Chapter Eleven

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I'm frozen.

Literally frozen.

As I climb out of the cruiser, hopping down onto the pavement, my bones nearly fail me altogether. I have to fight from dropping like a stone onto the hard cement, finding the numbness very familiar and also—entirely inconvenient. Driving in below freezing temperatures for hours on end with no protection other than a few jackets is the reason my flesh feels like sandpaper.

To ensure I remain upright, I grip the side of the bumper, wiggling my toes and fingers to produce some kind of warmth in them.

Damien touches my back with concern, and it's as if ice has been strapped to my shoulders. I jump, chuckling in the mist of my own breath.


"I'm good," I reassure him. "I'm good."

Twenty feet away, rocking on the river is a sizable fishing boat, meant to transport us through the Lishui River and right into our area of destination. Another mode of transportation I have no interest in, and yet, there's no stalling or stopping. The days are passing quickly, too quickly. Quickly enough to terrify the hell out of me. Another sun has risen, although the clouds prevent the rays from visibility. A dark haze lingers over our heads, stealing the heat away in the thick of winter.

Elijah's worry has been a constant since we've landed and I've done as much as I can to keep him from insisting we break any further for my sake, which is why it's so important I force my own damn legs to walk onto this raft. I manage to cross the sand, hopping up on the boardwalk to reach Jiayi, who is waiting patiently for us. He smiles apologetically.

"I'm sorry for the uncomfortable travel. You look positively frozen, péng yǒu."

"I'm no stranger to sub-zero temperatures. This is a walk in the park," I joke lightly, taking Elijah's hand to jump up onto the edge of the boat. My partner smirks at the comparison. It's true. This is nowhere as life-threatening as Siberia.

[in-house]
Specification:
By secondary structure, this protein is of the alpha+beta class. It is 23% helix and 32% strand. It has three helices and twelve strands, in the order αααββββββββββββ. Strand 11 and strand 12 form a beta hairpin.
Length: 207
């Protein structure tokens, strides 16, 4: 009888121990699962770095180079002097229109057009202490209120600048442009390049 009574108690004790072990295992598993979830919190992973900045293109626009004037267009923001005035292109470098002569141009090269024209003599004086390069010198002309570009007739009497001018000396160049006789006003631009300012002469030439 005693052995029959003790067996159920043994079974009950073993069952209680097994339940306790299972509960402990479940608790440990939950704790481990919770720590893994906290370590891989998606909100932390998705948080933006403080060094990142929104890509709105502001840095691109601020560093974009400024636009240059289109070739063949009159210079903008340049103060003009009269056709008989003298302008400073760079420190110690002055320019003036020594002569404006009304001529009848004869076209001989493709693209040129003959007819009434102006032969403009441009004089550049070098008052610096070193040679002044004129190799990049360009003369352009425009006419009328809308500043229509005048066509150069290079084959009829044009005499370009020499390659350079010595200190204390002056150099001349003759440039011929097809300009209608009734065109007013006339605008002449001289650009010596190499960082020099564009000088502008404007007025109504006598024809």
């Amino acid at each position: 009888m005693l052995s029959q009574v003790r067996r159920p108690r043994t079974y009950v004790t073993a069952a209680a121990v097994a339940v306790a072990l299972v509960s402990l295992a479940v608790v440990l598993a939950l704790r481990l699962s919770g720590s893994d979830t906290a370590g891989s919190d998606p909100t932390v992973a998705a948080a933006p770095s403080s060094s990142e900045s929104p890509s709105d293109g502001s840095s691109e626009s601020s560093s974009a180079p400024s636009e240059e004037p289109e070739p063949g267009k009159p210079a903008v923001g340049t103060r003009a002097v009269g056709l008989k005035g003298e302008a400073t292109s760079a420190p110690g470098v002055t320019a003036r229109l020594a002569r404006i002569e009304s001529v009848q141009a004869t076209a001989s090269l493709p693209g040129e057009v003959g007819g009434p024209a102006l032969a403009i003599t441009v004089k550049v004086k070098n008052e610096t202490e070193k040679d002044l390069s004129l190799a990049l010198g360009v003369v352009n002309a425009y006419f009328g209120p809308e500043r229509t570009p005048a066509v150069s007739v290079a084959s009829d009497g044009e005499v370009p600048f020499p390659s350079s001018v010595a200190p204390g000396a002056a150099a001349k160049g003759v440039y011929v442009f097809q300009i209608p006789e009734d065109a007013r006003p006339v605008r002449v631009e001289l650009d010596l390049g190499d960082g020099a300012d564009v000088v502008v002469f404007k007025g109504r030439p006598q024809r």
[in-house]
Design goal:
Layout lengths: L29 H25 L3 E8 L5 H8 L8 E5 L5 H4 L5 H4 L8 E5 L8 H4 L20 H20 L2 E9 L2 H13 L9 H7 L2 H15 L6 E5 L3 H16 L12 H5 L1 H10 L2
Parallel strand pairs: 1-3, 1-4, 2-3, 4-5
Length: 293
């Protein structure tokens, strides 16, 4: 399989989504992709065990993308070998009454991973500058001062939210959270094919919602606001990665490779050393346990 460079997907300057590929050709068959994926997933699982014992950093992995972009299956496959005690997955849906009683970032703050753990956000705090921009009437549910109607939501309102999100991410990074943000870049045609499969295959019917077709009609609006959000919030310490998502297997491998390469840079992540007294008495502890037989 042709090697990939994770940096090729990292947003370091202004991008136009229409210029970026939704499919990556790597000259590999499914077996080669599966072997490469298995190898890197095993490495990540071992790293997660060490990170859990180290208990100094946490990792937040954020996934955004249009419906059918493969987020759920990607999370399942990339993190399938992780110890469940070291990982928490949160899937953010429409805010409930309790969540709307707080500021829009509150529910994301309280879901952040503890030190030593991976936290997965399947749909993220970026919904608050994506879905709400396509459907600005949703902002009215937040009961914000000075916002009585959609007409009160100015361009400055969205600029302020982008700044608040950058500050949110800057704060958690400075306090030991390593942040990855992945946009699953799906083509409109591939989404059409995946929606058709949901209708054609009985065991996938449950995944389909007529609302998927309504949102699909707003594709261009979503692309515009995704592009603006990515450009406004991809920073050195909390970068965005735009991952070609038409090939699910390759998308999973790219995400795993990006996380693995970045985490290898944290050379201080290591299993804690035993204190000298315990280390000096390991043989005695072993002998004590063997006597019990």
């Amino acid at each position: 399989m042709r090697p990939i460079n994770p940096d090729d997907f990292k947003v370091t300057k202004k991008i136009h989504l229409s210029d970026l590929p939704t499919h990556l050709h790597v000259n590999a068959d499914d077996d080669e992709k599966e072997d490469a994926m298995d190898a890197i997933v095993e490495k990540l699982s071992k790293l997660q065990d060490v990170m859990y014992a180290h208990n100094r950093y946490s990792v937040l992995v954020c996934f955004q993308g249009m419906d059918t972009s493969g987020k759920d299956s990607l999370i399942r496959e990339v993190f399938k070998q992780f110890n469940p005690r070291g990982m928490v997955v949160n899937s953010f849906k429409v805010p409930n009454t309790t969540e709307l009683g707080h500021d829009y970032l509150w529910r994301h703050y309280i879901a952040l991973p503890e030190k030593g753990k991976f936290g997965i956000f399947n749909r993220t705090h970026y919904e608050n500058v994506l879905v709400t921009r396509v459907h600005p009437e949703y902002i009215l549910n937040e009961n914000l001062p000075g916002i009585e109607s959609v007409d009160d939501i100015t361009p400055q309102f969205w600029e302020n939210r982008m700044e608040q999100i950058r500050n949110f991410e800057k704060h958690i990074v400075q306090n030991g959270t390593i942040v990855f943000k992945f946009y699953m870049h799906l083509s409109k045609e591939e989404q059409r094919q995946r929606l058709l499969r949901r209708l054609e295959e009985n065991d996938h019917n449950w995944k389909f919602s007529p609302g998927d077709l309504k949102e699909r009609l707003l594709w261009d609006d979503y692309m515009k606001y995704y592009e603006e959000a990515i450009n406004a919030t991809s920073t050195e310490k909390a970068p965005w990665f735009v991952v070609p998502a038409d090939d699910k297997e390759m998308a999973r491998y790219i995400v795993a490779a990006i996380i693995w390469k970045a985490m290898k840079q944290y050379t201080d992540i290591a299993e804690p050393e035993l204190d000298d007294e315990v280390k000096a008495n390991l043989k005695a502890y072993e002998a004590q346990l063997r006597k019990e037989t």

"Well, luckily, this boat has a storage room below. It reeks of fish though."

"I'll take it."

I descend into the lower deck, taking each narrow step carefully, instantly wondering whether I should brave the cold to avoid the pungent smells currently fringing my nostrils. I glance around, checking for fish carcasses, stunned the walls alone could retain such a residue. I strip off my coats, relieved when they suddenly feel heavy due to the compact space.

I chuckle, at a loss. "I'm going to smell like fish for days."

"Some lemon and vinegar will do the job properly," Elijah says, wrinkled nose and all. His heightened senses must be going haywire. There's a small cot, probably for fishermen on overnight trips and although the probability of it massing mold is great, I'm tired enough not to care. It's been over twenty-four hours since my brain has turned off.

"How far out are the check points?"

"A few hours."

I sit on the edge of the cot, rubbing at my tired eyes. "I feel something here. I don't know what it is."

"I thought so too."

"Like you're being drained?"

He nods. "I couldn't tell whether it was you or me it was targeting, but considering you are the divine one..."

The divine one. If only he knew.

"I wonder if it has anything to do with the activity Jiayi was telling us about."

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